If your application for Social Security disability benefits has been denied, it probably comes as no great surprise to you. You’ve likely been told that the majority of applications are denied, and that the process can be gruelling. This is true to an extent. Social Security requires hard medical data in order to award benefits to a petitioner. You do, however, have a chance to win your disability claim on appeal. But what is the Social Security disability appeal process, and what can you expect?
Request for Reconsideration
When you receive a denial letter, you will be informed concerning your right to appeal the decision. You will generally be given a reason why your claim was denied. You will need to contact your local field office which you can find on ssa.gov.
Disability Determination Services will decide on your appeal. You essentially ask them to fully review your claim for benefits. The individuals who will review your claim must not be the same ones who performed the initial review.
If your claim is again denied, you will receive a very similar notice to the one that you received during the first denial. It will provide you with instructions on how to proceed from there. If your claim is accepted, that’s it. You don’t have to worry about any of the other steps.
Administrative Law Judge Hearing
If your request for reconsideration is denied, you have 60 days to request a hearing before an administrative law judge (ALJ). Here, you will make your case before the court and argue why your petition was denied in error. You will present medical evidence and discuss how your medical condition limits your ability to perform your work duties. The ALJ will render a decision based on the quality of that evidence.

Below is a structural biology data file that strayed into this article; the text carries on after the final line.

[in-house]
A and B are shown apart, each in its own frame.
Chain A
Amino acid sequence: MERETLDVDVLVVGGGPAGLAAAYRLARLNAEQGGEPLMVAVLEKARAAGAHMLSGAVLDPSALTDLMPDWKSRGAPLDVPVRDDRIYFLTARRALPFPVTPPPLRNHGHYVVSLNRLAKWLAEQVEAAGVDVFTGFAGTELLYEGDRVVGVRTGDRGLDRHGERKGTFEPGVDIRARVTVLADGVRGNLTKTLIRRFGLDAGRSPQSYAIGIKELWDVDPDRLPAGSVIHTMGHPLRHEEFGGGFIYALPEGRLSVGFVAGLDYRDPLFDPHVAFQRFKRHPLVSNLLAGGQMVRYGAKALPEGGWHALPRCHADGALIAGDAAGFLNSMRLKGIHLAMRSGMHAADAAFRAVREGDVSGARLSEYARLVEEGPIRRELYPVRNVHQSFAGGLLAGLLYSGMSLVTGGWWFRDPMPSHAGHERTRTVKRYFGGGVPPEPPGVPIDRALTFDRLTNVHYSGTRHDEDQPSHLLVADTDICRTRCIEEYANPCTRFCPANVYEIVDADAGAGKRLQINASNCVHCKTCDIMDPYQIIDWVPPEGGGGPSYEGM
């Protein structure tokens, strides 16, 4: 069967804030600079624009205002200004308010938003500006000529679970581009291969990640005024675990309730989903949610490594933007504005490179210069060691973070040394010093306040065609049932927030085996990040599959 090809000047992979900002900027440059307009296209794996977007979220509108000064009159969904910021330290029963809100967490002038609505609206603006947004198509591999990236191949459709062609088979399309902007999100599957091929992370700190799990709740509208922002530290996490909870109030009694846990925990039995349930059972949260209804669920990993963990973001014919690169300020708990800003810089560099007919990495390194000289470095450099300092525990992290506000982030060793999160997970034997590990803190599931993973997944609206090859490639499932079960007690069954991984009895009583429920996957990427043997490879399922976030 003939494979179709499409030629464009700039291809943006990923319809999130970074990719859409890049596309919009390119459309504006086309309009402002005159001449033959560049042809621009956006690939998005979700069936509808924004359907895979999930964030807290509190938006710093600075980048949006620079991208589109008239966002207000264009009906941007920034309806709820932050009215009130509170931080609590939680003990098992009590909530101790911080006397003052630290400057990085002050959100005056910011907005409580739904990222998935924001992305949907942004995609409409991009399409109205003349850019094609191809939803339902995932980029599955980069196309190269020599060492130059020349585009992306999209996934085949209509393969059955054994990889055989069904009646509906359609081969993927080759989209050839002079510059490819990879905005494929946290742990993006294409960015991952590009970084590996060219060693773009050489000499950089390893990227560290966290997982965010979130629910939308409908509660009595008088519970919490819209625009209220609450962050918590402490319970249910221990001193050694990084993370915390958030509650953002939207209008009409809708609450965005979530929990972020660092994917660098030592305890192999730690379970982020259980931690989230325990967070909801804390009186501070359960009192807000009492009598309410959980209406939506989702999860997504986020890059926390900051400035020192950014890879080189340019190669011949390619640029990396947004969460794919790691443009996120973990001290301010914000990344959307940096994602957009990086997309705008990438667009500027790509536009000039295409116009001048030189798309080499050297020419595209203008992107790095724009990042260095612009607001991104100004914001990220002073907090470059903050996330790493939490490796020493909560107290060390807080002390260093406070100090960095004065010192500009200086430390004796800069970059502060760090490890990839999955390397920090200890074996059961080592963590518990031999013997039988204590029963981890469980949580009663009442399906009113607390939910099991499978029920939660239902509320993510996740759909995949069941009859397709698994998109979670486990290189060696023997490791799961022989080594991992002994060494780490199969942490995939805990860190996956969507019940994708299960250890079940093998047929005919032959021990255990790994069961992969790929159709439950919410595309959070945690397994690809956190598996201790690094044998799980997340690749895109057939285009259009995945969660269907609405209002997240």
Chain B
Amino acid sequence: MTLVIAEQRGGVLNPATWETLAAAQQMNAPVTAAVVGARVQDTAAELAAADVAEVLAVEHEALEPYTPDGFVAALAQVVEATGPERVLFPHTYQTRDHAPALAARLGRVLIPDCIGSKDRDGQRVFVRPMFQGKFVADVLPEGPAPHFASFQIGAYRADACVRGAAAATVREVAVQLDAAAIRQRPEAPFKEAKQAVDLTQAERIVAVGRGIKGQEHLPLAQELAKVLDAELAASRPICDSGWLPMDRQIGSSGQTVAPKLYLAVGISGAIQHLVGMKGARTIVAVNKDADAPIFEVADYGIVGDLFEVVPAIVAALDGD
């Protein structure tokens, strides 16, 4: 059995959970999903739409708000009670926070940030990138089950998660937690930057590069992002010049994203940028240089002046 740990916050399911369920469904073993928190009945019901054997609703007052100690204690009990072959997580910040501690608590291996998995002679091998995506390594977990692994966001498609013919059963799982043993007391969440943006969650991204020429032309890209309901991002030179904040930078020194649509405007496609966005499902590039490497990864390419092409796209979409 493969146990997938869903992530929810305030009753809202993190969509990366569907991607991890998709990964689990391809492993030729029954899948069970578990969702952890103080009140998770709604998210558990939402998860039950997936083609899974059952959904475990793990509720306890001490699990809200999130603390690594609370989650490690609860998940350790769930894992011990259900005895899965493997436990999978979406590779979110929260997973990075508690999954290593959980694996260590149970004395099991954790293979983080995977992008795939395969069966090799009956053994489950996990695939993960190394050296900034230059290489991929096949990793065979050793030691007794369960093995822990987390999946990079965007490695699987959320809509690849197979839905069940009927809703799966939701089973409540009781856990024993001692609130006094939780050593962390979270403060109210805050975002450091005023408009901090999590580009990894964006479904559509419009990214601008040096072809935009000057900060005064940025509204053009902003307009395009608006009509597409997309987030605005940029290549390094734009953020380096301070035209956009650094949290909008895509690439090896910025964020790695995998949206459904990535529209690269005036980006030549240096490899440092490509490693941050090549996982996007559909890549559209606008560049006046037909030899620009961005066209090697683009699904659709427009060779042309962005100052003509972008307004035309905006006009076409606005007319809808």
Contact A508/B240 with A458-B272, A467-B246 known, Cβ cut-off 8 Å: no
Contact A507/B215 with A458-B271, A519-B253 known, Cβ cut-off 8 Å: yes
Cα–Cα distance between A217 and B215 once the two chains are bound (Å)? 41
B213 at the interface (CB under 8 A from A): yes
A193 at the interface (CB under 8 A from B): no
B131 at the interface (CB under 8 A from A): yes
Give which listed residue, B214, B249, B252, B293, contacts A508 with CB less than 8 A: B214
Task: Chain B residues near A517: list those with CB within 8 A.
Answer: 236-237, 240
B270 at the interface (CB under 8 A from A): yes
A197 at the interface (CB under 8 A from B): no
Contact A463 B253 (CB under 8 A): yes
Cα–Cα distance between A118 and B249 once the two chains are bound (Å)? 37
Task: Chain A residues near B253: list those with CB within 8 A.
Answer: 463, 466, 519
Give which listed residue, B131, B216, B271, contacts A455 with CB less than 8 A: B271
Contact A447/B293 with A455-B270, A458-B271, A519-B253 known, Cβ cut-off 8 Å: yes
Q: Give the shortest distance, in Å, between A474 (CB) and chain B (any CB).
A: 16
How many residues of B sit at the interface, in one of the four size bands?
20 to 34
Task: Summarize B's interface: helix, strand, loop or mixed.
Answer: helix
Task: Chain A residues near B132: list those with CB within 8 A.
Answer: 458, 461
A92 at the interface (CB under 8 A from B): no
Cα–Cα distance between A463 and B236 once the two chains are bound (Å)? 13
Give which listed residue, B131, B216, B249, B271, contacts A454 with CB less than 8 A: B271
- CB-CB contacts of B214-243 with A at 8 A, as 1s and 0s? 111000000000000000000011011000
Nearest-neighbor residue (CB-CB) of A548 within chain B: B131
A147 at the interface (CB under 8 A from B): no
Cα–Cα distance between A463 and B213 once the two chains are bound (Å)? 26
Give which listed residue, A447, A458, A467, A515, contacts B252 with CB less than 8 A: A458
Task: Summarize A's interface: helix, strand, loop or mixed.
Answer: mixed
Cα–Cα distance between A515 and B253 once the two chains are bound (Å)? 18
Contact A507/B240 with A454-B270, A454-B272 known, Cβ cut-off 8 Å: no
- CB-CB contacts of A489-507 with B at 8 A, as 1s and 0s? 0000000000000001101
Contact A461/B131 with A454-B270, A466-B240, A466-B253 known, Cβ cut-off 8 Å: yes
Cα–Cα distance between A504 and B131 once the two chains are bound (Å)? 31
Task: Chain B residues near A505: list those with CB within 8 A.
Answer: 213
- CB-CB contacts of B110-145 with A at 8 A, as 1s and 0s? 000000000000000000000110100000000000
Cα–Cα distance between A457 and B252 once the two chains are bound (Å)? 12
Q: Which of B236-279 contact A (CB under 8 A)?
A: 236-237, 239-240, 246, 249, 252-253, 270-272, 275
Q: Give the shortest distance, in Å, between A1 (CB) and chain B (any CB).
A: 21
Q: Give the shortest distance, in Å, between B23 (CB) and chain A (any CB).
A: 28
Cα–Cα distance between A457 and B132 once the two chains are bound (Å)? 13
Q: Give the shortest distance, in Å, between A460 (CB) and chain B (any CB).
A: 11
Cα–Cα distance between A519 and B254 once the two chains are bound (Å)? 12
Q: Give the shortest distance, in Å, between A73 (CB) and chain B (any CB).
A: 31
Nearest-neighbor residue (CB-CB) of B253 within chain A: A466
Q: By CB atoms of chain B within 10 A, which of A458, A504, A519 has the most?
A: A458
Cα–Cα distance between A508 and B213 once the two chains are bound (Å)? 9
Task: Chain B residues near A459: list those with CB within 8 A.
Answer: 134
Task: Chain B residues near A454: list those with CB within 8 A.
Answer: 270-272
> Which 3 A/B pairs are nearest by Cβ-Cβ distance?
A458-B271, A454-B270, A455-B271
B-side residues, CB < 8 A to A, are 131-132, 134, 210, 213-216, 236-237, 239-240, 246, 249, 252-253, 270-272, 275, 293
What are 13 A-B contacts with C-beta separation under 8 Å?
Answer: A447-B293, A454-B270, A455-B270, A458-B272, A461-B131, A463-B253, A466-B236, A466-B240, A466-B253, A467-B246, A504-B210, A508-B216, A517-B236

If the ALJ does not rule in your favor, you can then take your case to the appeals council. The appeals council has broad discretion when it comes to reviewing cases. It will dismiss your case without review in the event that it does not find one of the following:
- Procedural error that caused a decision to be rendered unfairly;
- Decision that was not supported by substantial evidence; or,
- Problematic policy or issue of procedure is raised in your case.
Federal Court Review
At this point, you have exhausted all your options at the state level. You can go to the federal district judge to file one final appeal. The judge will review your case for procedural errors that may have occurred during the appeals council or the ALJ hearing.
Federal judges rarely reverse decisions of the other courts, but often remand (or send the case back) to one of the previous levels if they spot a procedural error. In these cases, they can say that the courts did not consider certain pieces of evidence sufficiently or failed to allow testimony of a consulting physician.
A Disability Appeal Lawyer Can Increase Your Chances of Winning an Appeal
As far as the disability application process is concerned, the majority of claims are granted by the ALJ. By the time your case makes it to the appeals council, you’re looking for some procedural error the ALJ made.
Additionally, while a good number of appeals are granted at the federal level, it costs a great deal of money to appeal a case in that manner. In these instances, you’re better off simply refiling your claim and producing the evidence required by the court to approve your benefits.
Talk to a Springfield IL Disability Attorney
The disability appeal process can be both time-consuming and frustrating. But an attorney who is experienced in filing these claims can help with some of the headaches involved and ensure that your claim is complete. Talk to Donald J. Hanrahan today.